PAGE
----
• 22-year-old U.S. skier Mikaela Shiffrin may one day overtake Ingemar Stenmark’s record. As she prepares for the 2018 Winter Olympics, she has won 41 individual World Cup races and is on track to win more races and championships than any skier ever. Lindsey Vonn owns a women’s record 78 World Cup wins compared to Stenmark’s 86, but at age 22, Shiffrin already has 37 more World Cup wins than Vonn and 13 more than Stenmark did when they were that age. Photo courtesy IOC.
  • The Olympic Sports Complex is also home to Mt. Van Hoevenberg Cross Country & Biathlon Center. Head to the rifle range and sharpen your aim with the Discover Biathlon program, or click into a pair of cross-country skis and glide through the serene Adirondack woods at your own pace. The world-class Nordic ski trails here were opened for the 1980 Olympic Games. Photo by Dave Schmidt courtesy ORDA.
  • Find out what it feels like to ride a real Olympic bobsled. Led by a professional driver and brakeman, you'll begin at the half-mile point on the track and wind through Olympic turns known by sliders around the world. Feel the rumble of the sled thundering down the track, speed through one turn, bank high on the next one, and pick up more speed on the straightaway. Let's just say you'll go faster than you're allowed to drive a car through town! Photo by Dave Schmidt courtesy ORDA.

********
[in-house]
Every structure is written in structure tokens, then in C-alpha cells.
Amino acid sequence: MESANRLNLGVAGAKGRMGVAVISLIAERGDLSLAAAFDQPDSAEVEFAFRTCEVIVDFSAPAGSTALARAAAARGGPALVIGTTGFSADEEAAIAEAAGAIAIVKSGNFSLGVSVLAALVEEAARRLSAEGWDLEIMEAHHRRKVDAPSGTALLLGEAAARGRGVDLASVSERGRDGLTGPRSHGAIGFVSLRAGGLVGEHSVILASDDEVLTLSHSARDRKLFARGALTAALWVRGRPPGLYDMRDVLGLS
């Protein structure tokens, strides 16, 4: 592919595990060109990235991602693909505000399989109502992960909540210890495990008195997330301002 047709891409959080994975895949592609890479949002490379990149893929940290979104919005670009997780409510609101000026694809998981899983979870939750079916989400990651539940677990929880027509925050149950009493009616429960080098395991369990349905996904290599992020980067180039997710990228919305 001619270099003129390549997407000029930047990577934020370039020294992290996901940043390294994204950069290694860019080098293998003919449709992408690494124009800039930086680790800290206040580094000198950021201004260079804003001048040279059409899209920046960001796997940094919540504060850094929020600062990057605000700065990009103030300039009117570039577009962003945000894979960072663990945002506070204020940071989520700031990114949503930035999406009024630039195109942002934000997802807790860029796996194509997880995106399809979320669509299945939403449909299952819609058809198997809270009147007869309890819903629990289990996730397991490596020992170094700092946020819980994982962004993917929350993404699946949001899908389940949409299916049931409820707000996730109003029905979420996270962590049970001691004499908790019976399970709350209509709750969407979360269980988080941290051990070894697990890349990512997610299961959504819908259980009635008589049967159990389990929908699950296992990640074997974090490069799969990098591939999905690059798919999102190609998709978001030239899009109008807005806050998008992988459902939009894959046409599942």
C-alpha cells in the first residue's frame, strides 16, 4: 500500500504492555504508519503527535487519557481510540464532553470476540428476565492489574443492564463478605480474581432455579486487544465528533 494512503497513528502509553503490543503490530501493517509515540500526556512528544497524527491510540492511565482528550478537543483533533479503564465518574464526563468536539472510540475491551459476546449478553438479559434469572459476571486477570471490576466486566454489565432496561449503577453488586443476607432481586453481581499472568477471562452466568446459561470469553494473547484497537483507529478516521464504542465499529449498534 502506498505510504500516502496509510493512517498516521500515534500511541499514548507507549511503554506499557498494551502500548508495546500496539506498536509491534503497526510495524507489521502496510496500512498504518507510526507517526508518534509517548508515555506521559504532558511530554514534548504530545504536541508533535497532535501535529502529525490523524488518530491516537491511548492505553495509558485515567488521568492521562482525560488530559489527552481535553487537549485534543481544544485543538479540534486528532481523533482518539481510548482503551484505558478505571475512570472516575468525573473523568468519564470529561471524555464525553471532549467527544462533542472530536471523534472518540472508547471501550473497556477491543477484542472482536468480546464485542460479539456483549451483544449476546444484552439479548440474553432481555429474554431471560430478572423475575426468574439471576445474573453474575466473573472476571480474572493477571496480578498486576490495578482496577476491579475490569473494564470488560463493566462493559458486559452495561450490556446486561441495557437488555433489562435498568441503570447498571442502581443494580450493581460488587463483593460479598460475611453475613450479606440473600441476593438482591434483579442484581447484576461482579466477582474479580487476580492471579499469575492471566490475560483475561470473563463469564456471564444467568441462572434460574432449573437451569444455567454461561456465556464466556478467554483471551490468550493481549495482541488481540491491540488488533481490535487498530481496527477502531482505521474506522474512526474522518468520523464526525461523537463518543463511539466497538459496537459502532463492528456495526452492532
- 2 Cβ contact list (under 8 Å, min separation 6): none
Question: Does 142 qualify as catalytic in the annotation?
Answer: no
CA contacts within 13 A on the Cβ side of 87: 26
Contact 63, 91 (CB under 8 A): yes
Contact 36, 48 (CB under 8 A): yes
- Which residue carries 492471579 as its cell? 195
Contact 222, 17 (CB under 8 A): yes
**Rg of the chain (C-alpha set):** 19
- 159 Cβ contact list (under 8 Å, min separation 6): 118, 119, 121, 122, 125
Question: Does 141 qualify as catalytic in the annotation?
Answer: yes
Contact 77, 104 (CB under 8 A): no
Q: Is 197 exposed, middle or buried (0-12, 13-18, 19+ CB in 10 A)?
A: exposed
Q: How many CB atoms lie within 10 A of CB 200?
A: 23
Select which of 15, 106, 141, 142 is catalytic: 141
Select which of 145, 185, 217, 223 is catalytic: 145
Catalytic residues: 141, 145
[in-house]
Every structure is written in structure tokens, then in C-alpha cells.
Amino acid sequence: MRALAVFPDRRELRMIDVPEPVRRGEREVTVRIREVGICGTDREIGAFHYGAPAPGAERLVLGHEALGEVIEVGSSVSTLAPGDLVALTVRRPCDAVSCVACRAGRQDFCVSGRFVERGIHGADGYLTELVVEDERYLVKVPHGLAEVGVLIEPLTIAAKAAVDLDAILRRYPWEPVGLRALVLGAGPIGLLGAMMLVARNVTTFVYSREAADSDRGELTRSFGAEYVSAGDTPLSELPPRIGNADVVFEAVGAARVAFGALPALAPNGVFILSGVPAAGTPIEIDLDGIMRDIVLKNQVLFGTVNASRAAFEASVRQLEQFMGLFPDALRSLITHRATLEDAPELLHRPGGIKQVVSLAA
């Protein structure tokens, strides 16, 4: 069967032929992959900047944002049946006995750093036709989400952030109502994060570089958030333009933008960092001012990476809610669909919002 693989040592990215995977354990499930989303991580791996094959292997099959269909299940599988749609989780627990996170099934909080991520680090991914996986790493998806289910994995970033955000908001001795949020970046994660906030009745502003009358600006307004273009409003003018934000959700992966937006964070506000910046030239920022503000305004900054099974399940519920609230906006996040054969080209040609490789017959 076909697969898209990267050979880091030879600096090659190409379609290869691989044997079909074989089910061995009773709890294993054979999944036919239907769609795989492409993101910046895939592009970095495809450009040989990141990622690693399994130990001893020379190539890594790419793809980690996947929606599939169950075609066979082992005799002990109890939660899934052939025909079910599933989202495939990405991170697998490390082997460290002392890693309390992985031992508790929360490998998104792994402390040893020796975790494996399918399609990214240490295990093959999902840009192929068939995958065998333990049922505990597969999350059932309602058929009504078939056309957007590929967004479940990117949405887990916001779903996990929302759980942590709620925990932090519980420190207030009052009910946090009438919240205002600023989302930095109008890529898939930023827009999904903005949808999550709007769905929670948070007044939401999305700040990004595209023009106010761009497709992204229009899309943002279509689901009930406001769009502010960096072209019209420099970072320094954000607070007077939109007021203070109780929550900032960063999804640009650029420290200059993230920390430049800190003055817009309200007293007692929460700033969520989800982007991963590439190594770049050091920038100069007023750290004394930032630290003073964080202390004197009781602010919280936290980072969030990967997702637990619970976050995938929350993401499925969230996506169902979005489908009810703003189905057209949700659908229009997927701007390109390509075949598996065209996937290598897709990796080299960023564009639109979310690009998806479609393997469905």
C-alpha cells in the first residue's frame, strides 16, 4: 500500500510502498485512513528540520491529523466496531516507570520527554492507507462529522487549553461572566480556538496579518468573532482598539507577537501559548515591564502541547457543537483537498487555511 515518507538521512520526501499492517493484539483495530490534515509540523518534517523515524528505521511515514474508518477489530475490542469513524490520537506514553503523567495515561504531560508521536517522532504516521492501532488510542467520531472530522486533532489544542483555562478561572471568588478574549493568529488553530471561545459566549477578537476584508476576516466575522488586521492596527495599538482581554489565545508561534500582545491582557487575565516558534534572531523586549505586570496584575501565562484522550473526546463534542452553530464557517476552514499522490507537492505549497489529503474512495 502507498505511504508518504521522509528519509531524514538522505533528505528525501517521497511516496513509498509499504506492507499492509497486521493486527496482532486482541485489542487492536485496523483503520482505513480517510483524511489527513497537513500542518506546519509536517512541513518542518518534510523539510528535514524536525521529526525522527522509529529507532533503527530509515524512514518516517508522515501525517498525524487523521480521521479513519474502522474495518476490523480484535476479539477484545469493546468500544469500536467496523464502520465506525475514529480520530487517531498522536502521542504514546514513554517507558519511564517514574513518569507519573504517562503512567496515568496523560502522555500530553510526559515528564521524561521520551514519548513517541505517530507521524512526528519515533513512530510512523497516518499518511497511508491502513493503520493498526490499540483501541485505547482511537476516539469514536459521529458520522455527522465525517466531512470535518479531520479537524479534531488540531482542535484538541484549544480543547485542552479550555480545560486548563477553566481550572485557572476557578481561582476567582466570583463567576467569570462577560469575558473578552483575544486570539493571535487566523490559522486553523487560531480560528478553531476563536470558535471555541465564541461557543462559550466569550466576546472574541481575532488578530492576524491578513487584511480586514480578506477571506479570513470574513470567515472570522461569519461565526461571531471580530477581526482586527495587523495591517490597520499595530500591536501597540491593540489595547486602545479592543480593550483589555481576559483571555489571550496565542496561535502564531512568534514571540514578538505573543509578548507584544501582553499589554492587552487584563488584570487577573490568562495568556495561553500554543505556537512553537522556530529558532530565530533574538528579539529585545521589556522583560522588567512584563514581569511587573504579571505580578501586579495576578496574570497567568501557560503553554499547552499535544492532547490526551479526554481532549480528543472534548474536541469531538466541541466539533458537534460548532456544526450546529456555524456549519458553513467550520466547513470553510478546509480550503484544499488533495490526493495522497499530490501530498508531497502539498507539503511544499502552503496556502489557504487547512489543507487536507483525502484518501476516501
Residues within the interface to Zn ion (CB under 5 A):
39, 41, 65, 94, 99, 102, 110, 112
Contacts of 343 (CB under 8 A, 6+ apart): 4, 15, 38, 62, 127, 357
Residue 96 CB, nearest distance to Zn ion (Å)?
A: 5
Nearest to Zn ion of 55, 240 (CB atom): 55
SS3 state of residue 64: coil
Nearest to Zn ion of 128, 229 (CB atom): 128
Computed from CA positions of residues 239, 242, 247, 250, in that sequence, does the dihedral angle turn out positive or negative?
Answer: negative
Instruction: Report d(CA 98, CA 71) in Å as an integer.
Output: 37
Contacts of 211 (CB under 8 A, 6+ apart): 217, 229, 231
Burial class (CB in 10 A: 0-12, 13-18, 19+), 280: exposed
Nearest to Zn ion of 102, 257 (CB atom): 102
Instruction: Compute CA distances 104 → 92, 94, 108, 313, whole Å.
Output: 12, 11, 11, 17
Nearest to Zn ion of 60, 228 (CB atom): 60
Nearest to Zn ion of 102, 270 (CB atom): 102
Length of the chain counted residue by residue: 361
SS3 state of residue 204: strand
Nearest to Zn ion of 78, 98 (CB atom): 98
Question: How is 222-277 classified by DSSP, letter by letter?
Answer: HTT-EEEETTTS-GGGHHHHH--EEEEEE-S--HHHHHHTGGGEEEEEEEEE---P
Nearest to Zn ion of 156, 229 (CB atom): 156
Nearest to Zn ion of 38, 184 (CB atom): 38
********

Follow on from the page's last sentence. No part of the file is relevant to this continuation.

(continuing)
• At the combined bobsled, skeleton, and luge track you can marvel at the silent speed of a luge athlete racing by at over 90 miles per hour. Photo courtesy ORDA.
  • In summer, you can see how freestyle aerialists hone their amazing skills by jumping into a 750,000-gallon pool. Athletes launch themselves up to 40 feet in the air before flipping three times and twisting up to five times. You'll learn how they fit all those spins and flips into a few seconds of untethered hang time—and how, after all that, they stick the landing and do it again. Photo by Wet n Wild courtesy ORDA.
  • Skate two of Lake Placid’s four rinks, one indoors, one out, both with direct links to Olympic glory. Bring your own skates or rent. Take a spin on the Olympic Speed skating oval, one of the few outdoor rinks of its kind left in the country, where Eric Heiden won five gold medals in 1980. Or just sit by the bonfire, sip a cup of hot chocolate, and watch the skaters twirl by. Photo courtesy ORDA.